News Analysis for Program Trading
As previously posted, I'm writing a paper on news based program trading for the KM stream at the Operational Research Society's Annual Conference in September. This paper is the culmination of many years research and interest in the area of new analysis and I hope to show that the application of statistical techniques combined with visualisation can lead to an effective intelligence system which solves some of the conundrums facing traders, and for that matter, intelligence analysts.
The goal is to greatly shorten the time to disseminate events to the people who need to consume them, allowing them to act on this information. However, there's also an intention to analyse the likely outcome of this interaction and put in place a strategy to take advantage of this event. Another hypothetical outcome is that event "signatures" will be recognised and effects correlated in different sectors.
The first goal is to simplify the elements of news which we will analyse. To do this, I propose to model the way that people tend to read newspapers and select stories which interest them. Some read from front to back, others select favourite sections first, others, and I include myself here, read from back to front.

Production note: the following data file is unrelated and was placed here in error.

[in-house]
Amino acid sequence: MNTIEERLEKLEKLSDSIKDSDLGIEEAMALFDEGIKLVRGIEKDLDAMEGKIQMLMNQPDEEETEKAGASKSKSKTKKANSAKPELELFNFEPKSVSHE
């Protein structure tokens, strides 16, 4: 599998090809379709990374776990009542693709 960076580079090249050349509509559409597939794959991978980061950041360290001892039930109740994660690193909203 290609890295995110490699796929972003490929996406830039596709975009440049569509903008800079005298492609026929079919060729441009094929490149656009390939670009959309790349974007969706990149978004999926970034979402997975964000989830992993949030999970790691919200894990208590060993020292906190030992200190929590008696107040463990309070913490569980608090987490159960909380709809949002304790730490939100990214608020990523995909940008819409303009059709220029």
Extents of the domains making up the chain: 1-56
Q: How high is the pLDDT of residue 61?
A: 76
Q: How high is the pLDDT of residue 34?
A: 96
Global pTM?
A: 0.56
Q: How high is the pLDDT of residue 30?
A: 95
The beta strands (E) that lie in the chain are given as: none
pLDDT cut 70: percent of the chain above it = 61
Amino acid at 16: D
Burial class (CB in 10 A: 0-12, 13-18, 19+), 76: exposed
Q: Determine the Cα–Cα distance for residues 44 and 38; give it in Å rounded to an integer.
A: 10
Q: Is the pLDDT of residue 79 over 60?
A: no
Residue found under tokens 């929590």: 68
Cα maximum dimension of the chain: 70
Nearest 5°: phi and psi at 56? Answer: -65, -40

When we read, the first element to be considered is either the title or a picture. The writer of the article has to aphoristically state the contents of the news in an attempt to get the readers interest.
The title also contains other information like people, places, sectors, amounts, therefore this is the key piece which is used for presentation to the end user.
The rest of the story consists of a series of sentences arranged into paragraphs. Within the story will also be the information we are interested in. The relativity of people can be used to build a Social Network Analysis graph based on proximity. If two people are mentioned in the same sector (e.g. FX trading) they are related. If they are mentioned in the same publication they are related more closely. The same story, closer still. Same paragraph, even closer. Same sentence, the closest. From this we can draw a graph showing the individuals "social network". There's a very good example of this at www.namebase.org where you can perform useful searches on people involved in the intelligence world from their appearance in related publications.
News also contains physical places. Mapping individuals, companies, sectors, amounts to physical location can reveal useful information and is a technique much used in policing.
Categorisation is something humans do every day and is fundamental to our heuristic judgement. Humans are very good at it, however, what they're not so good at is dealing with something which falls into multiple categories.
To be continued shortly...